Kate Brown, Ellen Rosenblum sue Donald Trump over sanctuary status laws
News article

Gov. Kate Brown and Attorney General Ellen Rosenblum have filed suit against President Trump in an attempt to void two federal laws requiring states to aid immigration authorities.

The suit, filed Friday in federal court in Eugene, claims those laws violate the 10th Amendment, which separates state and federal powers, by demanding states enforce federal immigration regulations.

"State and local law enforcement agencies are not required to expend their limited resources on enforcing immigration policies that are a federal responsibility, "the suit says.

Because it is a sanctuary state, Oregon police officers, sheriff's deputies and state troopers are banned by law from helping U.S. Immigration and Customs Enforcement agents if a suspect's only offense is residing in the country illegally.

In practice, that means local police don't help ICE agents with deportation raids. And suspects pegged by ICE for deportation may be released from jail without prior warning or ICE requests to keep defendants in custody may not be honored.

Sanctuary jurisdictions have long been a focus of Trump's ire. And several members of his Cabinet and administration have said those municipalities should be ineligible for federal grants or their elected leaders should face arrest.

In their suit, Brown and Rosenblum claim Trump's Justice Department has "targeted" Oregon for denial of federal grants that assist state and local law enforcement agencies because it is a sanctuary state.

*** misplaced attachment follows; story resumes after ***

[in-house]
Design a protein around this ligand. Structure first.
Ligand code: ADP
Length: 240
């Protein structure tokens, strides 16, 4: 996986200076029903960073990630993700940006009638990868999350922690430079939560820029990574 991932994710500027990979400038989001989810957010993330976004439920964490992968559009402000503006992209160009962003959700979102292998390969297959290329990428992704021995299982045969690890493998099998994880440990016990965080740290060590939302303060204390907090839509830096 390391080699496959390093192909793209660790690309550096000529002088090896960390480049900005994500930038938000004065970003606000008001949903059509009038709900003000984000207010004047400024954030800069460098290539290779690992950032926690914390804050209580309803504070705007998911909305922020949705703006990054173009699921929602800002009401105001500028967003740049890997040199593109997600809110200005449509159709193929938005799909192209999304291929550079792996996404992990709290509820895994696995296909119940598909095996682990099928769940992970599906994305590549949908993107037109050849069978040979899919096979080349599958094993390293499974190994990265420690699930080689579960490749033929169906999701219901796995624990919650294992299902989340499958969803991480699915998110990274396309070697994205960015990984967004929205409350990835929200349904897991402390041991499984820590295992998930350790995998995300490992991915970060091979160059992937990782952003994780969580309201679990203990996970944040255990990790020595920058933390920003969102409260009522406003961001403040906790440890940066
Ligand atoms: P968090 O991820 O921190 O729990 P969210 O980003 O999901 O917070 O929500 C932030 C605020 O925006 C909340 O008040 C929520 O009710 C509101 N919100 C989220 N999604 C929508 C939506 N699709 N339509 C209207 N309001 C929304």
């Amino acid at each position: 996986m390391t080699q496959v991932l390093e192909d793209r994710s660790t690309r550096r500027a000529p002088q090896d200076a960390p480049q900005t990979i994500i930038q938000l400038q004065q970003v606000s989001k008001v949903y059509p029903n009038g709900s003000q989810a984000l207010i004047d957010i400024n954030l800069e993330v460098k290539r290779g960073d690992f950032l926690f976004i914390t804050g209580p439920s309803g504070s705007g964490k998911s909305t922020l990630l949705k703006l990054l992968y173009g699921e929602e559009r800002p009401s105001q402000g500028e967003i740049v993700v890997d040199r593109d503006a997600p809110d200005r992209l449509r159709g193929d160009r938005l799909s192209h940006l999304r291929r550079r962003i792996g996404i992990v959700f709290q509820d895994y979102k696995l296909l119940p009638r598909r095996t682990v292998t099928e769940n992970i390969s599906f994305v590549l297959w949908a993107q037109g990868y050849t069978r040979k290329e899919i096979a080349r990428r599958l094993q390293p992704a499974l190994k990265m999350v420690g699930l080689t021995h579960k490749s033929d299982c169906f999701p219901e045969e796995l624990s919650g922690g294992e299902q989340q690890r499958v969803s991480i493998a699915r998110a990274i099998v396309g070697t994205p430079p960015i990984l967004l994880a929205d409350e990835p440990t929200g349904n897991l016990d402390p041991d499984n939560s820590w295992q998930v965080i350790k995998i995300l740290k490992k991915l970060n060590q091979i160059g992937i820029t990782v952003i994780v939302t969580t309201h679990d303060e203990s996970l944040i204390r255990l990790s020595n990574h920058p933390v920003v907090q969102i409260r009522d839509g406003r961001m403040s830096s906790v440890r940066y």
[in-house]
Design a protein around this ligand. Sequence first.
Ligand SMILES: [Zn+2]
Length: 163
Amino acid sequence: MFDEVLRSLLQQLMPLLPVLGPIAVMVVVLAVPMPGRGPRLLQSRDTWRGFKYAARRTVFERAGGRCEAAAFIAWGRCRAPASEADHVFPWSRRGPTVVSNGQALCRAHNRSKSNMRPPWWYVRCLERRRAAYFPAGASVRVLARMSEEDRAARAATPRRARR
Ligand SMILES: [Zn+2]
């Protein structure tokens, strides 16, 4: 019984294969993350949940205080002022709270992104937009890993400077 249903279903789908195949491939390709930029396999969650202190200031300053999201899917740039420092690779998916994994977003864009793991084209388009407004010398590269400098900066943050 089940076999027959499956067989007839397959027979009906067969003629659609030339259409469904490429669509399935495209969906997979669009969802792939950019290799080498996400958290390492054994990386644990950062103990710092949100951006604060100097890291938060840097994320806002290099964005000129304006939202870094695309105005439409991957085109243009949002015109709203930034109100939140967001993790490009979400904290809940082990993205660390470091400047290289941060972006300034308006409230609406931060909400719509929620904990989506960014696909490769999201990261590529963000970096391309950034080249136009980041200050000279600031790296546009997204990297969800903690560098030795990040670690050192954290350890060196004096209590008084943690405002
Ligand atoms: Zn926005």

Oregon has received millions of dollars of the grants every year the program has existed, except in 2017 and 2018 -- when the Trump Administration added new conditions for the funding, namely states' cooperation with federal immigration agents.

Oregon's suit claims those conditions are illegal because they were put in place without approval from Congress. The state claims it has lost $4 million in grants it is entitled to because of them.

"The Trump Administration's attempts to withhold public safety dollars from our state is unjust, dangerous and unconstitutional," Brown said in a statement.

In its suit the state is asking a federal judge to declare the laws in question unconstitutional and order the Justice Department to give Oregon the grant money it says it is owed.

Portland Mayor Ted Wheeler is expected to seek permission from the City Council to join the lawsuit, spokeswoman Eileen Park said Friday. Wheeler leads a sanctuary city and has drawn personal rebukes from Trump because of his politics on immigration.

Brown and Rosenblum's suit comes just three days after Oregon voters overwhelmingly rejected Measure 105, which would have repealed the state sanctuary law. In that same election Brown decisively beat Republican Knute Buehler, who supported repeal of the sanctuary status.

Fair Use: This site contains copyrighted material, the use of which has not always been specifically authorized by the copyright owner. We are making such material available in our efforts to advance understanding of issues related to mass immigration. We believe this constitutes a "fair use" of any such copyrighted material as provided for in section 107 of the US Copyright Law. In accordance with Title 17 U.S.C. Section 107, the material on this site is distributed without profit to those who have expressed a prior interest in receiving the included information for research and educational purposes. For more information, see: In order to use copyrighted material from this site for purposes of your own that go beyond "fair use", you must obtain permission from the copyright owner.